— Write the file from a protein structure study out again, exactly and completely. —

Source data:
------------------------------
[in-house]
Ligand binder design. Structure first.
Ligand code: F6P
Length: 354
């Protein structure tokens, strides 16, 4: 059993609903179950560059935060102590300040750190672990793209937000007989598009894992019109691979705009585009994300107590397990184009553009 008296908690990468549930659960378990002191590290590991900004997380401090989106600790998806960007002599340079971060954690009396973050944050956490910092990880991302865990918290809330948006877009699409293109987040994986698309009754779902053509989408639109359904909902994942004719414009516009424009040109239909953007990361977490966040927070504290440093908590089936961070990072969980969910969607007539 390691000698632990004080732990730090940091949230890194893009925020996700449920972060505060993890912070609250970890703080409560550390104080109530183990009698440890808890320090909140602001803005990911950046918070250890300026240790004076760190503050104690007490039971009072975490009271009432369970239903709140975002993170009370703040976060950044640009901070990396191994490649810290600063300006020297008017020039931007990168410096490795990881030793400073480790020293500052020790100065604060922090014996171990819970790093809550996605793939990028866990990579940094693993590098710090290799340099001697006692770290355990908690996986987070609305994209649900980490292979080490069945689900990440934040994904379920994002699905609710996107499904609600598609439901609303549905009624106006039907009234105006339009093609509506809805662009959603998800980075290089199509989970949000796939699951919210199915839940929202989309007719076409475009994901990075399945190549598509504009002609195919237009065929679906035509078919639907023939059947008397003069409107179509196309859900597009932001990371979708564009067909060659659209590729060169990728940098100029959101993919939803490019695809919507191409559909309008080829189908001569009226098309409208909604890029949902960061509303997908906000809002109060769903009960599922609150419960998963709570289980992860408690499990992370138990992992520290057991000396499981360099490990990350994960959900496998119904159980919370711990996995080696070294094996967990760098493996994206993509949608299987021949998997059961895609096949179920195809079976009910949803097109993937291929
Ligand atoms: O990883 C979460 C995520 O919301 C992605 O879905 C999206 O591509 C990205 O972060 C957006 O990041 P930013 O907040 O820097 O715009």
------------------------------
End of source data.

[in-house]
Ligand binder design. Structure first.
Ligand code: F6P
Length: 354
């Protein structure tokens, strides 16, 4: 059993609903179950560059935060102590300040750190672990793209937000007989598009894992019109691979705009585009994300107590397990184009553009 008296908690990468549930659960378990002191590290590991900004997380401090989106600790998806960007002599340079971060954690009396973050944050956490910092990880991302865990918290809330948006877009699409293109987040994986698309009754779902053509989408639109359904909902994942004719414009516009424009040109239909953007990361977490966040927070504290440093908590089936961070990072969980969910969607007539 390691000698632990004080732990730090940091949230890194893009925020996700449920972060505060993890912070609250970890703080409560550390104080109530183990009698440890808890320090909140602001803005990911950046918070250890300026240790004076760190503050104690007490039971009072975490009271009432369970239903709140975002993170009370703040976060950044640009901070990396191994490649810290600063300006020297008017020039931007990168410096490795990881030793400073480790020293500052020790100065604060922090014996171990819970790093809550996605793939990028866990990579940094693993590098710090290799340099001697006692770290355990908690996986987070609305994209649900980490292979080490069945689900990440934040994904379920994002699905609710996107499904609600598609439901609303549905009624106006039907009234105006339009093609509506809805662009959603998800980075290089199509989970949000796939699951919210199915839940929202989309007719076409475009994901990075399945190549598509504009002609195919237009065929679906035509078919639907023939059947008397003069409107179509196309859900597009932001990371979708564009067909060659659209590729060169990728940098100029959101993919939803490019695809919507191409559909309008080829189908001569009226098309409208909604890029949902960061509303997908906000809002109060769903009960599922609150419960998963709570289980992860408690499990992370138990992992520290057991000396499981360099490990990350994960959900496998119904159980919370711990996995080696070294094996967990760098493996994206993509949608299987021949998997059961895609096949179920195809079976009910949803097109993937291929
Ligand atoms: O990883 C979460 C995520 O919301 C992605 O879905 C999206 O591509 C990205 O972060 C957006 O990041 P930013 O907040 O820097 O715009």